Special Agent Burke shared cases such as grandmother Betty Hunter’s run-in with counterfeit cancer medication.
Special Agent Daniel Burke, Senior Operations Manager in Charge of Cybercrime Investigations for the Office of Criminal Investigations at the U. S. Food and Drug Administration acted as moderator for Interchange 2014’s panel concerning the impacts that fake online pharmacies have on patient safety. During his opening presentation he shared stories from his investigations.
In his opening presentation for Panel 3: The Impacts of Fake Online Pharmacies on Patient Safety, Special Agent Burke explained the dangers consumers face when shopping for medication online and just how little control FDA has over quality and purity when a medication is manufactured and sold outside the secure U.S. drug supply chain.
FDA’s investigations into unlicensed online pharmacies have found medications that are“sub or super-potent, are counterfeit drugs with no active ingredient, drugs that are tainted with poisons such as lead or arsenic, drugs contaminated with mold, substitute drugs, drugs that are not yet controlled but have addictive qualities, drugs that are new and untested, but sold anyway, cold-chain drugs that are not stored or transported [properly], and stolen drugs.”
Special Agent Burke warned patients that “many of these supposed Canadian online pharmacies rarely distribute drugs from Canada, but hide behind a global distribution network, making it appear that the drugs are sourced from say, the European supply chain, but are often sourced elsewhere.” While the danger of such drugs to consumers is palpable, yet consumers have little-to-no recourse if the drugs they buy from fake online pharmacies do not work or make them sick.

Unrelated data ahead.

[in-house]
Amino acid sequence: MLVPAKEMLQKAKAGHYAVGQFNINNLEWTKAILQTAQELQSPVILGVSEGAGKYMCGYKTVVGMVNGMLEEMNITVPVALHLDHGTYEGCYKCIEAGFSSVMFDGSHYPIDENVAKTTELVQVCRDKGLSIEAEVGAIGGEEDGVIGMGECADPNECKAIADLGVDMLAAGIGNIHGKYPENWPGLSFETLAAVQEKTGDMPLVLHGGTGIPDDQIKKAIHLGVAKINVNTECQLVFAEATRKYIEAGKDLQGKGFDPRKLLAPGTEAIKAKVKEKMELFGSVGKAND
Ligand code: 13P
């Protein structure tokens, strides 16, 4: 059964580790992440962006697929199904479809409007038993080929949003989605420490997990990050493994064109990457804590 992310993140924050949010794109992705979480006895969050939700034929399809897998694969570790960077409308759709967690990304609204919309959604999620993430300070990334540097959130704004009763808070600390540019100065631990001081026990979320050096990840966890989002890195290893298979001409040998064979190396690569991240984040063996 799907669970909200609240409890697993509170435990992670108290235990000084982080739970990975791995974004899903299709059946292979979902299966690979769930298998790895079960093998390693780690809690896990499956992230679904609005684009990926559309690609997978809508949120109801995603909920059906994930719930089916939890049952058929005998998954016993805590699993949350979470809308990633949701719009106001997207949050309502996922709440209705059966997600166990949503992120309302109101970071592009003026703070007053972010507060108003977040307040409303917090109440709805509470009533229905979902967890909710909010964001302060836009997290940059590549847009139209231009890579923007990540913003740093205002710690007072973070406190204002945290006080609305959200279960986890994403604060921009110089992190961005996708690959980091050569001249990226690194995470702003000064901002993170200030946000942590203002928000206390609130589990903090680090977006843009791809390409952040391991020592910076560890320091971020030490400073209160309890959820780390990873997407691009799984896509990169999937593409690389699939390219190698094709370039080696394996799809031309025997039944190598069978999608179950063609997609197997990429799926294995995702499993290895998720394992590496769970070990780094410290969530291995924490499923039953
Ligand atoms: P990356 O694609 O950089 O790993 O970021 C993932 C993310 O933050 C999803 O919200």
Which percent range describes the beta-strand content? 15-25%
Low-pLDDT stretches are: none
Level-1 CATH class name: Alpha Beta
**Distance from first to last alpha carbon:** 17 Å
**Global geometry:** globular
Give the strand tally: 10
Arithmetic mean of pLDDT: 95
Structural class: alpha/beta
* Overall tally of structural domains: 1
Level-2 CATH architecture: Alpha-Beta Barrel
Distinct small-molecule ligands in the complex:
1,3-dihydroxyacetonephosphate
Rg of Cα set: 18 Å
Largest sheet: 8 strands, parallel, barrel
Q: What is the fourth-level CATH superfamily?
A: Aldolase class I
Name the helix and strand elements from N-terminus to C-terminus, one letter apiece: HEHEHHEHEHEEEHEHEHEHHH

Special Agent Burke also shared cases such as grandmother Betty Hunter’s run-in with counterfeit Avastin: “Betty was a lung cancer patient. In May 2011, Ms. Hunter went to 4-Winds Hematology and Oncology in Chandler, Arizona for an infusion of Avastin, a drug she had taken previously. Soon after the infusion began, Ms. Hunter became nauseous and feverish. The nurse reported in her chart ‘Patient complaining of feeling very jittery, shaking and appeared red in the face. Doctor notified and infusion stopped. Patient given Benadryl.”
Special Agent Burke described the subsequent investigation of 4-Winds Hematology and Oncology which found that they had counterfeit Turkish-labeled Altuzan in their medication stores. The drugs had been sold to 4-Winds using blast-fax advertising from Richards Pharma, a British medication wholesaler.
According to the Wall Street Journal, Betty Hunter died 3 months later, in August 2011, of end-stage lung cancer.